Category: Pop Culture


Published April 9, 2010

WORDSLINGER’S NOTE: Yes, it has been a while since I posted a new article on here. Yes, I know that some of my loyal readers have been patiently waiting for me to get off my ass and write something new. And yes, I realize that I have used the excuse of book editing/rewriting before regarding that, final changes on the novel, BROODING, are now completed, and publication is imminent. More details coming soon. Meanwhile
Fans of old school video games like Tetris, Space Invaders, Pac Man, Frogger, and Donkey Kong should LOVE the video posted below. Made by the French group One More Production, and directed by Patrick Jean, this two-and-a-half minute film is extremely well made and very entertaining. It simply asks the question: what would happen if those 8-bit creatures really did invade our 3-D world. Check it out.


Published January 20, 2010

Now that James Cameron has officially directed the two most globally profitable motion pictures of all time, Titanic and Avatar, the question remains: how did he do it? Especially Avatar (see my review here).
James Cameron at the board
Yahoo Movies just posted a fascinating 22-minute documentary on their site, regarding the making of this extraordinary film. Interviews include Cameron, Sam Worthington, Zoe Saldana, Sigourney Weaver, and many of the brilliant artists who brought Pandora to breathtaking life.

If you loved Avatar as I much as I, take a detailed look behind the scenes here.


Published January 11, 2010

Over the holidays, while watching a Christmas video with a friend’s children, I was shown a direct-to-DVD film entitled Santa Buddies. This was by no means a great, or even a good, film, but it did have the welcome distinction of featuring Christopher Lloyd — a favorite actor whom I haven’t seen in a long while. Whatever happened to this classic performer? The man who gave us iconic roles in One Flew Over the Cuckoo’s Nest, Taxi, Star Trek III – The Search for Spock, the Back to the Future trilogy, Who Framed Roger Rabbit, the Addams Family films, etc …

Even Robert Zemeckis, Lloyd’s Back to the Future and Roger Rabbit director, missed a huge opportunity by going all CGI in his 2009 Christmas Carol remake. Instead of using an animated Jim Carrey, I think he should have called on his old friend Chris Lloyd to play a live-action Scrooge. The man’s face is damn near animated anyway.
Christopher Lloyd and Michael J. Fox
For reasons as serious as the health of Michael J. Fox, those of us who have pined for another Back to the Future film will probably never have this jones satisfied. However, while surfing YouTube recently, I stumbled upon a 1999 episode of Spin City that featured Christopher Lloyd as a guest star. It was entitled Back to the Future IV – Judgment Day, and starred Lloyd as Owen Kingston, Mike’s mentor from years past. However, time has done strange things to Kingston, and to say he has a God-complex is an understatement.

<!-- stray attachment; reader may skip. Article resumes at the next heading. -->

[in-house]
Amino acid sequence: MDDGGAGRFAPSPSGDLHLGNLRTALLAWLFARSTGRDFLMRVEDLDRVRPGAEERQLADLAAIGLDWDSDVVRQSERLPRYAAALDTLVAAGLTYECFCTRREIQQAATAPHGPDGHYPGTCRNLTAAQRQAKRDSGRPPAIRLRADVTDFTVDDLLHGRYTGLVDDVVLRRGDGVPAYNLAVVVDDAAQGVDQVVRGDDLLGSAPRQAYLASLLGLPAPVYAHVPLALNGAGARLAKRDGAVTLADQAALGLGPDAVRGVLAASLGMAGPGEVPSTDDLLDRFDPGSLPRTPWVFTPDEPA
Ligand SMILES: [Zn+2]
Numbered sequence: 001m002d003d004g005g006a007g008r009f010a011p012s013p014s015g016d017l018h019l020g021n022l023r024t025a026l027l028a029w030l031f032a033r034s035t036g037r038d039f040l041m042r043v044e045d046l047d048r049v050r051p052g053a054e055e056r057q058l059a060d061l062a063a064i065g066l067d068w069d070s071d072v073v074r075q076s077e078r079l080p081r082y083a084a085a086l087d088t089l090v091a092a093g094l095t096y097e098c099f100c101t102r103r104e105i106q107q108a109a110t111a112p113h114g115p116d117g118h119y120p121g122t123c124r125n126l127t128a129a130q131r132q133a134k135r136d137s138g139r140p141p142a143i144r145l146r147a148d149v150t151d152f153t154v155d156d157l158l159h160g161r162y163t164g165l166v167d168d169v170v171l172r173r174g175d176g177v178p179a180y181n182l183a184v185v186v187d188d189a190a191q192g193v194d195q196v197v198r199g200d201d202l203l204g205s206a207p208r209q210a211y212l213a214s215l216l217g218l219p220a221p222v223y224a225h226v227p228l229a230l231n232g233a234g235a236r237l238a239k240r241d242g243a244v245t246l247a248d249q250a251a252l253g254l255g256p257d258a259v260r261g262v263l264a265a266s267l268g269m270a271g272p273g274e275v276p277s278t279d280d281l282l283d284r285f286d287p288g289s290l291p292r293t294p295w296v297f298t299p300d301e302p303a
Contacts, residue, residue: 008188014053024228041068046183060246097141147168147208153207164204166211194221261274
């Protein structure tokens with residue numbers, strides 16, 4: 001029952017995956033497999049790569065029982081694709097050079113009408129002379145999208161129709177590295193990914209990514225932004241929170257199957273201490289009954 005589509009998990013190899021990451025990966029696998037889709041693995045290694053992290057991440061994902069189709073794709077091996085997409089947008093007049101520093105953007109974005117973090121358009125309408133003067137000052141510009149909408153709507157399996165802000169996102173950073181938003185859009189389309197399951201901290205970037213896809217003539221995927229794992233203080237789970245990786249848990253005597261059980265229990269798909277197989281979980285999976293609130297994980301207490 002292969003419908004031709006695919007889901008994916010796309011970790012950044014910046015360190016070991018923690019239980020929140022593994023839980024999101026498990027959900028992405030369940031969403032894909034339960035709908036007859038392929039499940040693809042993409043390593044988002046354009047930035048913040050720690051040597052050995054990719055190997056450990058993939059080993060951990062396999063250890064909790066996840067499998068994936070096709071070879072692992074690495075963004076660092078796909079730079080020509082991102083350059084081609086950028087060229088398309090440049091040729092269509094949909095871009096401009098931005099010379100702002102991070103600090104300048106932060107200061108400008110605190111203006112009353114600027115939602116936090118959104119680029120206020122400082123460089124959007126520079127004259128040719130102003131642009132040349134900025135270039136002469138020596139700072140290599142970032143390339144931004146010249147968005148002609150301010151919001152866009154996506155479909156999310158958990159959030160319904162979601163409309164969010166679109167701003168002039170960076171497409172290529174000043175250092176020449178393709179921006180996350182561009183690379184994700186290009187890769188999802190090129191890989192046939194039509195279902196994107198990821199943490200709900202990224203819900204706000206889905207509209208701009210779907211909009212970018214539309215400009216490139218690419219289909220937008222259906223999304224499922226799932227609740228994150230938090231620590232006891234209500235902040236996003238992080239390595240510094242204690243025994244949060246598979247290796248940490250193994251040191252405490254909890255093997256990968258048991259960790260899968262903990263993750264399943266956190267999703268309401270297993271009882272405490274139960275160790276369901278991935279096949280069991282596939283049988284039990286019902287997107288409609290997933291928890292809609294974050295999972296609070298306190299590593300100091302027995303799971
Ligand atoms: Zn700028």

The episode is featured below. If you wonder why the opening credits for this is called Chaos City instead of Spin City, it’s because in Germany the title was changed. Don’t worry, this is in english without subtitles.

Take a look.


Published January 8, 2010

On this date, January uary 8th, 2010, Elvis Presley would have celebrated his 75th birthday. Hard to imagine what Mr. P would have been doing these days had he not succumbed to excess, but the legion of us who still hold him dear never tire of the question. While we will never know, we still treasure the legacy he left behind.
Elvis Presley
To read MUCH more about Elvis, and watch some of his classic performances, check out my profile of the man on, a blurb of which appears below.

Widely regarded as the most influential singer of all time, selling over 1,300,000,000 albums worldwide, Elvis Presley, idolized by fans and musicians alike, is indeed the undisputed King of Rock and Roll.

Elvis Aron Presley was born on January uary 8th, 1935 in a two-room shotgun house in Tupelo, Mississippi. He had a twin brother, Jesse Garon, who died at birth.  As an only child, Elvis was extremely close to his mother, Gladys, and would frequently accompany her to the local Assemblies of God church.  Though she was a woman of strong Christian faith, Gladys was not adverse to self-medicating with alcohol and prescribed pharmaceuticals … vices which would vex Elvis decades on.  Though at grade school, Elvis’ teachers considered him a “well-mannered and quiet child,” the boy’s tight relationship with his mother caused him grief with schoolmates, as they quickly dubbed him a “stuttering mama’s boy.”  Elvis’ father, Vernon, held a number of jobs through the Great Depression, but served eight months in prison in 1938 for attempting to pass a forged check in the amount of eight dollars … hard times, indeed.